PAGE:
Students at Eastside Elementary got a check-up last week. Sight Savers America’s KidCheck Plus program, an award-winning children’s free health screening program in Alabama, conducted free head to toe health screenings for more than 140 kindergarteners through fifth graders at Eastside on Wednesday.
KidCheck partnered with Southern Union State Community College’s nursing students to administer the health screening, which included examinations of height and weight with BMI, vital signs, chest and abdomen, ears, eyes, nose, throat, skin, musculoskeletal system, vision, hearing and dental. Thanks to a grant from the Verizon Foundation, the program uses wireless technology, and at the end of the screening, a Parent Report Form is generated for each child. The report shows each test performed and any problems discovered. They are sent home to parents and kept on file at the school.
The KidCheck program was created in 2008 by then Governor Bob Riley’s Alabama Rural Action Commission. In 2011, KidCheck was moved from the state government to Sight Savers America, an Alabama-based nonprofit, with the full support of Governor Robert Bentley’s Administration including the Governor’s Alabama Rural Development Office and the Alabama Department of Education. KidCheck helps to build partnerships between interested school systems and college nursing schools. College nursing students administer KidCheck, under faculty supervision, and receive practical experience and valuable clinical hours.
KidCheck Plus COO Chad Nichols said that over 100 screening events in Alabama take place each year and he hopes that number will continue to grow. He said that on average approximately 30,000 children receive free screenings each year.
District 13 Senator Gerald Dial was part of Gov. Riley’s Rural Action Committee that helped start the KidCheck program, and he was on hand at Eastside Wednesday to visit with students and see KidCheck in action.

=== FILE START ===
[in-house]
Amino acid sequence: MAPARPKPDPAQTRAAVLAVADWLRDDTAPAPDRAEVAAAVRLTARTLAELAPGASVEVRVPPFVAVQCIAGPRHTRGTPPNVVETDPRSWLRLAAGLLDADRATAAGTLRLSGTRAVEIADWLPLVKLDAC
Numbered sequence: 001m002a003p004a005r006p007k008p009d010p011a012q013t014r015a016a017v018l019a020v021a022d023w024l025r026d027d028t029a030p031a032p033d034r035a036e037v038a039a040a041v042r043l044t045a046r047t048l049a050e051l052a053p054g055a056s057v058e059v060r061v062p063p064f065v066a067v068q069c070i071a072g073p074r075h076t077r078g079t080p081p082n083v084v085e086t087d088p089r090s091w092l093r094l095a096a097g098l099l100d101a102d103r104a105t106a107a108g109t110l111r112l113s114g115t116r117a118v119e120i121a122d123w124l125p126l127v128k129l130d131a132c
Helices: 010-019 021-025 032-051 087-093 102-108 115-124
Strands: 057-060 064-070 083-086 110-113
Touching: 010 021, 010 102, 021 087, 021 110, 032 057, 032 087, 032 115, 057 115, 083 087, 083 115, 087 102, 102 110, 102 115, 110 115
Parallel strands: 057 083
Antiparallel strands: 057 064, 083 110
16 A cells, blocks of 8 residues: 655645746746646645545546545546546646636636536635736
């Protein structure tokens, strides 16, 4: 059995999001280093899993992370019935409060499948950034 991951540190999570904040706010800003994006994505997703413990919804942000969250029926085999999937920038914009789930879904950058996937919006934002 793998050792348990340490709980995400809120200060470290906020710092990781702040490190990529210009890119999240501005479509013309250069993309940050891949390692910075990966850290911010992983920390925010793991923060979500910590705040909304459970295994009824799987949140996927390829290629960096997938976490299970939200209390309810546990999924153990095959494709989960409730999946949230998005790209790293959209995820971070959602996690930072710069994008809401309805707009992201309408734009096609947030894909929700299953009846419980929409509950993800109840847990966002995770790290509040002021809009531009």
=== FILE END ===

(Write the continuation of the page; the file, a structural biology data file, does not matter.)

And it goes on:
“It’s a great program that requires no state funding,” Dial said. “These students get free check-up and these nursing students get hands on experience. I know firsthand the impact the program is making by providing comprehensive health screenings to school children in rural Alabama who may otherwise go undetected.”
“It exposes these kids early to the medical environment,” Nichols says, “and it shows them the importance of being healthy.”
Nichols emphasized that one of the best parts about KidCheck is that if a problem is found, the issues are addressed. “We’re not going to let someone fall through the cracks,” he says. For example, Sight Savers works directly with each local KidCheck event coordinator and any child failing a KidCheck vision screening can be referred to Sight Savers for personal case management of their eye care needs. Sight Savers America provides free comprehensive follow-up eye care services for eligible children. Parents are also sent educational tools to promote better health, including dietary recommendations. School nurses handle other necessary referrals for any identified health problem.
Eastside Principal Sheree Core said that this is the third year that Eastside has participated in the KidCheck screening program.